“Yea. slimy things did crawl with legs/ Upon the slimy sea.‘ This interpretation of Coleridge‘s epic poem mixes the spoken word. operatic singing and an ambient soundtrack with impressive physical theatre. Inventive and innovative. it is a most welcome working. which brings to life the ghostly fable of treachery. retribution and the death



‘those in full possession of the tem'ble truth the

olf an albatrossfbiy I ig§:::iclfiilt2:;3dbincrgcd. ° c ' e . BREAKER 1...... b. a... r...

wonderful poetry rather than by its literal representation.

Unfortunately. it is also marred by uneven performances from the chorus and by being too long in the telling. Well worth seeing nonetheless. although those who have read the text will get more from the performance. (Thom Dibdin)

i Take Aileen Paterson’s vibrant illustrations away lrom a ‘Maisie’

' Maisie goes to Musselhurgh

decked oui like Carmen Miranda, can’t outweigh the many petty annoyances.

1, book and VOII’re left with a weak story. Sadly, the intrinsic flaws are unlikely

Strong, catchy songs and lively action might have saved this stage adaptation, instead we have insipid

' chase sequences, lack-lustre dancing

to improve during its run, as they ; include an overall lack ot direction, ' and the worst crime tor a children’s show (4-12 years), lack oi subtlety.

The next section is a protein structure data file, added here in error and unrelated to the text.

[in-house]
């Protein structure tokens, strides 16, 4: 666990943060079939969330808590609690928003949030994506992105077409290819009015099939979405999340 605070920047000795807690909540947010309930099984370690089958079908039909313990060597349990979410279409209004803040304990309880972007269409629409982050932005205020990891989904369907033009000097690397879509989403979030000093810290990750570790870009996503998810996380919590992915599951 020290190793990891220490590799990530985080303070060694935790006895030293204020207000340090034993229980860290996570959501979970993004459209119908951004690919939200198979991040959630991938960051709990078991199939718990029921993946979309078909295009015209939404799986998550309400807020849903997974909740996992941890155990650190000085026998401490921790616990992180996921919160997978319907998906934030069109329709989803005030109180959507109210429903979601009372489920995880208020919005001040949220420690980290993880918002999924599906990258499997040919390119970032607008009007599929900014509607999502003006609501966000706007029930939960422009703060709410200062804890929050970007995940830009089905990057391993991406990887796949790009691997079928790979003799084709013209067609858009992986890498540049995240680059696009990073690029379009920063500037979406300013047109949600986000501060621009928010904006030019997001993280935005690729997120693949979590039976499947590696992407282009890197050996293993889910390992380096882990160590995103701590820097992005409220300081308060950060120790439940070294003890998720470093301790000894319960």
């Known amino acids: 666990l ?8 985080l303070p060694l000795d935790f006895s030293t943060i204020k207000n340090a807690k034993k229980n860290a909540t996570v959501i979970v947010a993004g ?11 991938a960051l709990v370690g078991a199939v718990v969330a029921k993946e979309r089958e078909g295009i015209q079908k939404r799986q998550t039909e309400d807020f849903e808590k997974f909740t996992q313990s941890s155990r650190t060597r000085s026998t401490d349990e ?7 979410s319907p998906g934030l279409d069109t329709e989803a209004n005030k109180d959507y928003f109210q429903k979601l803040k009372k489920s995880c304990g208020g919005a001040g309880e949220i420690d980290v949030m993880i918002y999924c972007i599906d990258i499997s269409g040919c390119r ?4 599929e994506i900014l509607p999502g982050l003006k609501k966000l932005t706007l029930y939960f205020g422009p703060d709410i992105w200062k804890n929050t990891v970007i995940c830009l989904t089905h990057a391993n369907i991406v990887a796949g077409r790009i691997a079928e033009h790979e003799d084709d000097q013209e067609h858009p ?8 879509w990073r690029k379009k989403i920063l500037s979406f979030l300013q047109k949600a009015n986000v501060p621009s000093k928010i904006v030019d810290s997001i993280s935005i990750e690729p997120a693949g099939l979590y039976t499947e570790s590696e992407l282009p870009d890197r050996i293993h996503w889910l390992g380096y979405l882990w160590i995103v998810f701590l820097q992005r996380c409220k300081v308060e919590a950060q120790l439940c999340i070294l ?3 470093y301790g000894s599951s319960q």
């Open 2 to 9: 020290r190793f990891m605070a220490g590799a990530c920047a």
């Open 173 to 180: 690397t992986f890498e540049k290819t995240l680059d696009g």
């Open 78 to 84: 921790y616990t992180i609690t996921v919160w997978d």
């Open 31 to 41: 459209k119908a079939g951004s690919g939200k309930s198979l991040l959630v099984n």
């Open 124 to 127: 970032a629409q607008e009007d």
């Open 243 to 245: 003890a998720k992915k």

What was The Kosh to do”? Funding was in danger of being pulled

i thanks to the uniform

ridicule of recent material.

Only one thing to do. let the company‘s prima

donna let rip with a - mindblowing 40 minutes

of extravagant dance. As the audience enters.

Sian Williams is there

play doesn't deal with the fatal ambiguity which led

some victims to collude with their persecutors

Gina promptly commits suicide when she is enlisted as a Kapo. However the play‘s real significance is as a

E liberating outburst and that its author Charlotte , Delbo was herself a

I The lilme OT The and uninspired songs, with largely (Gab; Stewan) i typing the Words 10 JUdith survivor of Ravensbruck. Ancienwaflw (Fringe) incomprehensible lyrics. The heavy- Maisie in the iiainioresi (Fringe) l w"'5'“5?” S 1096'?- AS 1‘ j (angflfinnellfl Southbr‘dgc came ; handed political correctness doesn’t Brunton Theatre Co and Baldy Bane rigs ' I ° 3'” a

Word (Fringe) The Bulmershe Revival. Celtic Lodge (Venue 6) Fringe

(Venue 1-3) 556 3663. !he", aim".

{.1 3 Se I (not Tue) Theatre Co, Brunton Theatre (Venue "n ' p There are a law comic gems, but

95) 665 2240, until 26 Aug, 2.30pm and

! breaks out of the business ' ' circuit and into that ofthe (

7pm. £6 (£4).


Chinese State Circus: still magnificent. but not as daring